As happens with humans, dogs often slow down both physically and mentally as they get older. Caring for an aging dog requires different considerations when compared with the days when she was young and spry. So, being aware of your dog’s limitations is an important first step in ensuring that her golden years are indeed golden.
Vet visits for a senior dog
There are several different things you can do to help your dog continue to be as comfortable and healthy as possible as she ages. One of the most important is to schedule regular veterinary visits. In general, we recommend that senior pets have a checkup every six months or so. Dogs age much more rapidly than humans do, so a 12-year-old dog, for example, who gets a vet visit annually is comparable to a 75-year-old person who only sees her physician about every three years.
The adage about an ounce of prevention being worth a pound of cure can hold true in the case of the aging pet. (Just as it holds true for most of us, really.)
Healthy weight and exercise for an older dog
Maintaining a good body weight and providing regular age-appropriate exercise for your pet are also important. As humans, we all know the health consequences of being overweight, and these consequences are not all that different for our canine family members. Joint stress, osteoarthritis, difficulty breathing and skin irritations are just some of the problems that coincide with obesity in dogs. So, provide an appropriate amount of healthy food and go easy with the dog treats. If you’re unsure about what to feed your senior dog, check with your veterinarian.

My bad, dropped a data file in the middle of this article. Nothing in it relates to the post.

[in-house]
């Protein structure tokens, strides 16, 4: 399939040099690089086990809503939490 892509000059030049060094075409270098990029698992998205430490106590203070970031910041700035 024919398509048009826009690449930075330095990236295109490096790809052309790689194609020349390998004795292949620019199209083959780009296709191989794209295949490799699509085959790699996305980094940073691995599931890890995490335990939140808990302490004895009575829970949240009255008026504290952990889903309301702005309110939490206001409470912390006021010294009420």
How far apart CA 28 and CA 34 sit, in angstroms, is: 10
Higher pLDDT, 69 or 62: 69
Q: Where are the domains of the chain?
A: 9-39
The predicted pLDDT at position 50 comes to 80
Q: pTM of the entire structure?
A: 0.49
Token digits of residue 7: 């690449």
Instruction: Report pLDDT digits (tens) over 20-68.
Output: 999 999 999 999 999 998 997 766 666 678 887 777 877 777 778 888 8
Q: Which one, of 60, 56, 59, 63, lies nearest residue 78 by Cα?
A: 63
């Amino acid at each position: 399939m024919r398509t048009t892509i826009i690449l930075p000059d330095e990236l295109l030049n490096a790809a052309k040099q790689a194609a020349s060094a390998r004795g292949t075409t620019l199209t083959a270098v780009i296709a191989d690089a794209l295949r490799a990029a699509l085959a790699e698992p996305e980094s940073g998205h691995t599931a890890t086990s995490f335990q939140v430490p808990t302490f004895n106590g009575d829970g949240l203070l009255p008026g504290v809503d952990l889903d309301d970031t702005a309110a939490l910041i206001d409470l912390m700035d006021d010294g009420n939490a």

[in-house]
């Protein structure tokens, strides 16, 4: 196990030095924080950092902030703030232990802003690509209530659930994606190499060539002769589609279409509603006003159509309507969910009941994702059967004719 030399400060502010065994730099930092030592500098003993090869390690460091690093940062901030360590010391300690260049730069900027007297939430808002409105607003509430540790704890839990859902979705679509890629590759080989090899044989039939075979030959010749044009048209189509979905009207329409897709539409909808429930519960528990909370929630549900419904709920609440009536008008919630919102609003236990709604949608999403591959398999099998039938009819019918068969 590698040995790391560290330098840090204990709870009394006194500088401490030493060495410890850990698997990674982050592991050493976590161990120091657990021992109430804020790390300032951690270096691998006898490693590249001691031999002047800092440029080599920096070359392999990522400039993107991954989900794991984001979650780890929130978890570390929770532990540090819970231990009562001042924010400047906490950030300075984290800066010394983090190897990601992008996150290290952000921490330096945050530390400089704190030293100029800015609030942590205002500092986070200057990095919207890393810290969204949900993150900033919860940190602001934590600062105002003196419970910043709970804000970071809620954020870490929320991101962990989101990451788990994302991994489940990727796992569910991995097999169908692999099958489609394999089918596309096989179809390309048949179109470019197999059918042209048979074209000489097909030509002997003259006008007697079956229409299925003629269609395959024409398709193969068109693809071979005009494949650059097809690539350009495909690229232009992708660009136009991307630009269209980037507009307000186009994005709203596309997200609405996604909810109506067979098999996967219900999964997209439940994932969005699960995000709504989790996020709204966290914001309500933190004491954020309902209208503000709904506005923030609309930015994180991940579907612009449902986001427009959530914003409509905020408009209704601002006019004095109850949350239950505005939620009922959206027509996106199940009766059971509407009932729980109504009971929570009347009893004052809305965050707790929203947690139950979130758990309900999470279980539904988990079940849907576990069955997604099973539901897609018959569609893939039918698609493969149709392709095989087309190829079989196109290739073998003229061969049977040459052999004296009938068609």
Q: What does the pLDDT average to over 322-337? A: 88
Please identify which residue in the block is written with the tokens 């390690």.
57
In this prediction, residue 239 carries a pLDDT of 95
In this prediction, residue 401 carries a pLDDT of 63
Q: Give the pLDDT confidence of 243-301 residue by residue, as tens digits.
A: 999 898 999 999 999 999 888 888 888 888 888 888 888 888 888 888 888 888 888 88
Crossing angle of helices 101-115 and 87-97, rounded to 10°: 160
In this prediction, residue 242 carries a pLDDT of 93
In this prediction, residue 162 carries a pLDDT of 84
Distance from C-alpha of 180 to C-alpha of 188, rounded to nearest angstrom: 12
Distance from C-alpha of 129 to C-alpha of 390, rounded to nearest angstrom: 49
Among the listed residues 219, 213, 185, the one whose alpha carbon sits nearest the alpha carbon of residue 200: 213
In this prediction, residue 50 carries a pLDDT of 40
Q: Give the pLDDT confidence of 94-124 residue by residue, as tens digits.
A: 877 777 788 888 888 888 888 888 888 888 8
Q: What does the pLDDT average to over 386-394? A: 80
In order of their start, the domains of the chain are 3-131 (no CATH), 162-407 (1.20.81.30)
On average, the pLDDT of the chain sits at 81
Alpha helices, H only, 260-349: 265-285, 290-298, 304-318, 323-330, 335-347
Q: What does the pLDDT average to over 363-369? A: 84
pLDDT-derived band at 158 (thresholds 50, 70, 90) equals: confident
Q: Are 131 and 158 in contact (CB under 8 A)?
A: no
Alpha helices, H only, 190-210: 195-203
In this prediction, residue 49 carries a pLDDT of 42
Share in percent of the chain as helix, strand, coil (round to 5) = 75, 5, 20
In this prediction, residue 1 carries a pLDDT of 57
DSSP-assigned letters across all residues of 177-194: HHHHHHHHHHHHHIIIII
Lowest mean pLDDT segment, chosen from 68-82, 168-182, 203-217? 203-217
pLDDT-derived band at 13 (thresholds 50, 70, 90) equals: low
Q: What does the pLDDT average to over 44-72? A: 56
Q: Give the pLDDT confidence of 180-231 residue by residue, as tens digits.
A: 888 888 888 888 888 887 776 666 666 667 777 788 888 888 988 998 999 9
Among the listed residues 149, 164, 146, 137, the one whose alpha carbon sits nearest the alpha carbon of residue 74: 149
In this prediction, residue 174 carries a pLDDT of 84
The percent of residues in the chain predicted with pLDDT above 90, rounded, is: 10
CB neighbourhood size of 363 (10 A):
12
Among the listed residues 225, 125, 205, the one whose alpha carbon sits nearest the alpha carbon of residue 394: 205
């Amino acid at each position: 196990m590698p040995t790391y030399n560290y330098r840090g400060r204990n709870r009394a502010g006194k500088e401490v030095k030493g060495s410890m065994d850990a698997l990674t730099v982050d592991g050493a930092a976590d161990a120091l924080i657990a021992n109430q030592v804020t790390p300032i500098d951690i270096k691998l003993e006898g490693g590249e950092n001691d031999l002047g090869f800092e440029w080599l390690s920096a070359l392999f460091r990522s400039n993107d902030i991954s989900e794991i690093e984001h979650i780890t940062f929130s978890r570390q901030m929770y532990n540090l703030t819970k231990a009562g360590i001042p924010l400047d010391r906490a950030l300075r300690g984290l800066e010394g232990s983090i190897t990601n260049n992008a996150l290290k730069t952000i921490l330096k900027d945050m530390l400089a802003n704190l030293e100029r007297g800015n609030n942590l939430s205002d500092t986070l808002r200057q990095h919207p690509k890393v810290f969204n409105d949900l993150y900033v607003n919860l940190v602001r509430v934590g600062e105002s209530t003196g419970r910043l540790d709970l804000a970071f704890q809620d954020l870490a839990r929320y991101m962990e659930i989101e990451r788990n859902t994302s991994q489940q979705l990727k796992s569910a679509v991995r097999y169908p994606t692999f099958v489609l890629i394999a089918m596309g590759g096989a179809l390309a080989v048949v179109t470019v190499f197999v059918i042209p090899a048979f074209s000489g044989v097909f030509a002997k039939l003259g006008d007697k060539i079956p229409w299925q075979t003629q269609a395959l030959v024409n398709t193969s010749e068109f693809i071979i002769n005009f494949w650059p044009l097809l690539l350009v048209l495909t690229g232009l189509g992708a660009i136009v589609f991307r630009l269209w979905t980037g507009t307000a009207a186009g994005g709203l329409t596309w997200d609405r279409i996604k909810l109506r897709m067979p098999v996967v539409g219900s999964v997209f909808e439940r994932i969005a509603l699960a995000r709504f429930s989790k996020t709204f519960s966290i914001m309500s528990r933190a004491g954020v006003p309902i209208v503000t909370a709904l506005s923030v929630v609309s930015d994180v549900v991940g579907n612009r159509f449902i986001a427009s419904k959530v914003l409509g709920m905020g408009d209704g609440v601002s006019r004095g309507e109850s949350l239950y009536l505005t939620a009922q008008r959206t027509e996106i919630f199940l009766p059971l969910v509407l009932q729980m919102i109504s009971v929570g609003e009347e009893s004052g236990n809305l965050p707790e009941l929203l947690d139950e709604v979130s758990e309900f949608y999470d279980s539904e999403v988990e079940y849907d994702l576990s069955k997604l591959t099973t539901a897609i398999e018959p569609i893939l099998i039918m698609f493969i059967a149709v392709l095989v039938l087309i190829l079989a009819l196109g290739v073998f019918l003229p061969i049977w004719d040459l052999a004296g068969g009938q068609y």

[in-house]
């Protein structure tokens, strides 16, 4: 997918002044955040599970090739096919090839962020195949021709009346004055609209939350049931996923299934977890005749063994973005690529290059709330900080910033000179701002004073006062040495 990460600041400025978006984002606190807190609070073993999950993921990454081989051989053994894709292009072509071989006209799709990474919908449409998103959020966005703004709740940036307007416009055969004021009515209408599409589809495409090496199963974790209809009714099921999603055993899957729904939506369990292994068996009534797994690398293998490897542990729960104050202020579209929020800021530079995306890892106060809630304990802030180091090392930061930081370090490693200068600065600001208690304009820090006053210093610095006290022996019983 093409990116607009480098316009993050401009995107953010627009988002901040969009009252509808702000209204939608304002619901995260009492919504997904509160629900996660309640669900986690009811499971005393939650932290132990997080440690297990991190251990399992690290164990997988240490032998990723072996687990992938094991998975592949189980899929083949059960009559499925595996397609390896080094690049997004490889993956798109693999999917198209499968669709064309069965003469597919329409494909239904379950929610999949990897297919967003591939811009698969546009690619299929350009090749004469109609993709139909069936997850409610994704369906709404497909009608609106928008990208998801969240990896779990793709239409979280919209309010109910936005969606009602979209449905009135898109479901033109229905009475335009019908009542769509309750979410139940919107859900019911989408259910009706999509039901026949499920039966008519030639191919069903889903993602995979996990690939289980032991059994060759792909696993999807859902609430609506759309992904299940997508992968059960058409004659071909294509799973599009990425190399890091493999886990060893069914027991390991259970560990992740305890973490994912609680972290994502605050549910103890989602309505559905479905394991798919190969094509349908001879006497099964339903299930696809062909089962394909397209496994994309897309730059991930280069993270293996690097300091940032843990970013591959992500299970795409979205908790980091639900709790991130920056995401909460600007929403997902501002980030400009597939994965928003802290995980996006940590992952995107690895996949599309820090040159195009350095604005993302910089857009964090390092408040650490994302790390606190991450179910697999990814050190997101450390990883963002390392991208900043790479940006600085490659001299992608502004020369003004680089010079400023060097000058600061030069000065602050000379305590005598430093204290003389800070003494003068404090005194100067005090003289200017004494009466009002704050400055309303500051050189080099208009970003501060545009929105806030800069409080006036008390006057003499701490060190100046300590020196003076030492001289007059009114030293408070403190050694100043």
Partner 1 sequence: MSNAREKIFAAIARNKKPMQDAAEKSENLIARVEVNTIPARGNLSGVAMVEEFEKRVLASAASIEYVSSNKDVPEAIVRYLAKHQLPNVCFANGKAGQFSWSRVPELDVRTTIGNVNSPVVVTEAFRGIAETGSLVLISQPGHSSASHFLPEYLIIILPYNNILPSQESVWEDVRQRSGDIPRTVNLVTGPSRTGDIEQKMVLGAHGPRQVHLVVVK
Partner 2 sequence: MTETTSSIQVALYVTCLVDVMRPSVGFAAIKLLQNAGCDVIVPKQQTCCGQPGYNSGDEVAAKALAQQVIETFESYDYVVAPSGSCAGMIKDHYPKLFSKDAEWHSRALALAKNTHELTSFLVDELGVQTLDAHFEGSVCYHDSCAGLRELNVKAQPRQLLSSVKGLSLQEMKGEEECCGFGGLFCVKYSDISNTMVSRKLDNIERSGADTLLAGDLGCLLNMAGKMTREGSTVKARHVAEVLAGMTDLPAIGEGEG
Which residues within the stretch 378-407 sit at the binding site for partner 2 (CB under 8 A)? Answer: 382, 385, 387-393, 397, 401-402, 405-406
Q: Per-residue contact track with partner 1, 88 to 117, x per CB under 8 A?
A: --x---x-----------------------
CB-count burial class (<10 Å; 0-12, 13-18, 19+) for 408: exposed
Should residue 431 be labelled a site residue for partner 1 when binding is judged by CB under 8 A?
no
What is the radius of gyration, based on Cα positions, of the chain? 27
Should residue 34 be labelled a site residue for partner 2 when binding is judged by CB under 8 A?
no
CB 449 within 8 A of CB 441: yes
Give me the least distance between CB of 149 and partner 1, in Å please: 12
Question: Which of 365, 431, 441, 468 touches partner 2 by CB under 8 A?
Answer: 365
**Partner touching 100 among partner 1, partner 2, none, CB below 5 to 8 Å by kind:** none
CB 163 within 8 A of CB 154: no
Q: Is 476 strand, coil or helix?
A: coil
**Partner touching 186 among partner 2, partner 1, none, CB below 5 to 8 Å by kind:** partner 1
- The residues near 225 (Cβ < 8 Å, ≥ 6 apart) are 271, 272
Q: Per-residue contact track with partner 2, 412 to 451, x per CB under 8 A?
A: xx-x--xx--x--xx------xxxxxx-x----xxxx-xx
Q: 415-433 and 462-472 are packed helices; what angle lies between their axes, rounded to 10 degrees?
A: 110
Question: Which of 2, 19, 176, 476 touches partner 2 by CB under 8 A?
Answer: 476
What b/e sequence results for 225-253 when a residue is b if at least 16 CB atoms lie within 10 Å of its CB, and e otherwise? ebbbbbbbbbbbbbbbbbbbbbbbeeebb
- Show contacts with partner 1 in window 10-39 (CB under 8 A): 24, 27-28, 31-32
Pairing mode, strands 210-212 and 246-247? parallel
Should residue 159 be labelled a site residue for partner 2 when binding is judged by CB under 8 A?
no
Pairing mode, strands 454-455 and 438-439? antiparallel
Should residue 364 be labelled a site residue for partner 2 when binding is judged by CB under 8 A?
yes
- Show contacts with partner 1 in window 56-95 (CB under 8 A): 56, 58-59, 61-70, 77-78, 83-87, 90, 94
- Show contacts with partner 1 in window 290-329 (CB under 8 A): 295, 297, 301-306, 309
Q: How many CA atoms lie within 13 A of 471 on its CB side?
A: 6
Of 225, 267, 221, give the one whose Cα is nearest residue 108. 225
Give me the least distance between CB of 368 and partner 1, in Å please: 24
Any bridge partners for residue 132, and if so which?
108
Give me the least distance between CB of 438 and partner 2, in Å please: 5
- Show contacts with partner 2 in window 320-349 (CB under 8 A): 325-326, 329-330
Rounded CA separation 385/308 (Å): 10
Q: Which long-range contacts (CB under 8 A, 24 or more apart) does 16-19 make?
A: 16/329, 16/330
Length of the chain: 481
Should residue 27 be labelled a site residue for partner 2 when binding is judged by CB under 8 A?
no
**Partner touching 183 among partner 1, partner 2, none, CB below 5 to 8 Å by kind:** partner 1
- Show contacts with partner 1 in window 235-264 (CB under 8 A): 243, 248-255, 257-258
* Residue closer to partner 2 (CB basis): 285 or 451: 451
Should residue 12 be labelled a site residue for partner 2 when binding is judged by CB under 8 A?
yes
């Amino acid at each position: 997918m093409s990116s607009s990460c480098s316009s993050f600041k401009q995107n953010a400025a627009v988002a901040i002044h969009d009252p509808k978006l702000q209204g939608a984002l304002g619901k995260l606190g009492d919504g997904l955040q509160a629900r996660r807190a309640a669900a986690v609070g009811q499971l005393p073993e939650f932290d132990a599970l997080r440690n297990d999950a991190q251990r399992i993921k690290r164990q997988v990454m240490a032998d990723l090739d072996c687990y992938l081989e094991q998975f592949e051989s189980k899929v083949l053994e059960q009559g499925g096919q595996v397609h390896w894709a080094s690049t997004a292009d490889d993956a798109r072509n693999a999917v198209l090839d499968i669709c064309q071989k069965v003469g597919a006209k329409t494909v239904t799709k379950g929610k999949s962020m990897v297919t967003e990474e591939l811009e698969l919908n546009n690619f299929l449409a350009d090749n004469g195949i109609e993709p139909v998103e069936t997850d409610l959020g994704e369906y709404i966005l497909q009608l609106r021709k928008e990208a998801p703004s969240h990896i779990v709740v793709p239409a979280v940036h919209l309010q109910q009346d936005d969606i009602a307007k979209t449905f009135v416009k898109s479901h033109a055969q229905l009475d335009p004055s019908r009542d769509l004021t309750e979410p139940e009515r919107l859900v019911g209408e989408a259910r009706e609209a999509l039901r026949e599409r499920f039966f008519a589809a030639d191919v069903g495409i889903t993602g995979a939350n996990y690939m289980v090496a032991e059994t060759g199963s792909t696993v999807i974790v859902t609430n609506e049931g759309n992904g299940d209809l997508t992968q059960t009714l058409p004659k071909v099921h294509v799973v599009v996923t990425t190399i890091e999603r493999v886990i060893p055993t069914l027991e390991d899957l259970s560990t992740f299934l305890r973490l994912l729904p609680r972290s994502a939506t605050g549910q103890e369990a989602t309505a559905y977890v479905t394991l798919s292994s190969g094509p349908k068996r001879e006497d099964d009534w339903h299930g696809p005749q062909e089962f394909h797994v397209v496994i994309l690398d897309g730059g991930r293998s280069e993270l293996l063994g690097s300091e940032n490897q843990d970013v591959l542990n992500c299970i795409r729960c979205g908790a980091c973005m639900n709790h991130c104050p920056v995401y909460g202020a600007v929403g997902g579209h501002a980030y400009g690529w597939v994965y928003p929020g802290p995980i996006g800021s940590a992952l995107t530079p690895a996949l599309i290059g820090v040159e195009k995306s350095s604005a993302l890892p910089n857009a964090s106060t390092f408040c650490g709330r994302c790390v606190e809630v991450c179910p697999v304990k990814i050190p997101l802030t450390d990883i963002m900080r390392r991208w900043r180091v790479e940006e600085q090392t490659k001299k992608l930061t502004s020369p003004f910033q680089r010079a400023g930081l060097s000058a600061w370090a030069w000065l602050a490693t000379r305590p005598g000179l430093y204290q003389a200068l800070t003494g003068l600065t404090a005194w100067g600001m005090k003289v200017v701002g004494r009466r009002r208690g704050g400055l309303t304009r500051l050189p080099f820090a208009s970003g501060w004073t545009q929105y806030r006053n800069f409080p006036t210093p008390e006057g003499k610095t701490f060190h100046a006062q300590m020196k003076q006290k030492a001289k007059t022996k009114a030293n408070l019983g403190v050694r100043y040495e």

Regarding a senior dog’s fitness regimen, regular exercise is beneficial to both the nervous and musculoskeletal systems. To prevent worsening of mobility and pain, be sure to talk with your vet about the activity level that is best for your dog.
Glucosamine for an aging dog
Several supplements on the market claim to help with joint problems in older dogs. One of these supplements is very familiar to most people: glucosamine, with or without chondroitin. While some brands tend to be more effective than others, the data to back up the health benefit claims is somewhat lacking. In fact, a December 2010 study published in the Journal of the American Veterinary Medical Association (JAVMA) showed only weak clinical evidence to support the use of glucosamine and chondroitin supplements for osteoarthritis in dogs.
With that said, glucosamine and chondroitin sulfate are considered nutritional supplements by the FDA. However, no standards have been accepted for potency, purity, safety or efficacy by regulatory bodies, and independent analysis has shown a wide variation in products.
These products do appear to be very well tolerated in dogs, cats and horses, but because they are often derived from natural sources, hypersensitivity reactions can occur. Adverse effects could potentially include some minor gastrointestinal issues, like flatulence or stool softening. Before giving your dog one of these supplements, ask your vet what might be best for your particular pet.
Other supplements and treatments
There are other supplements, such as turmeric and green-lipped mussel extract, marketed as joint “nutraceuticals” for dogs. Fish oil is known to have anti-inflammatory properties that may help. Other treatments, such as acupuncture and cold or low-energy laser therapy, may also benefit older dogs with mobility issues from arthritic conditions.
Keeping your older dog comfortable and content
You know your pet better than anyone, so if trying these potential solutions yields positive results, your pet will thank you. And if they don’t assist in the way you’d hoped, simply be extra cautious about keeping your dog comfortable and content. That may mean shelving the long walks, and instead opting for short jaunts and more naps — just as we humans do as we age.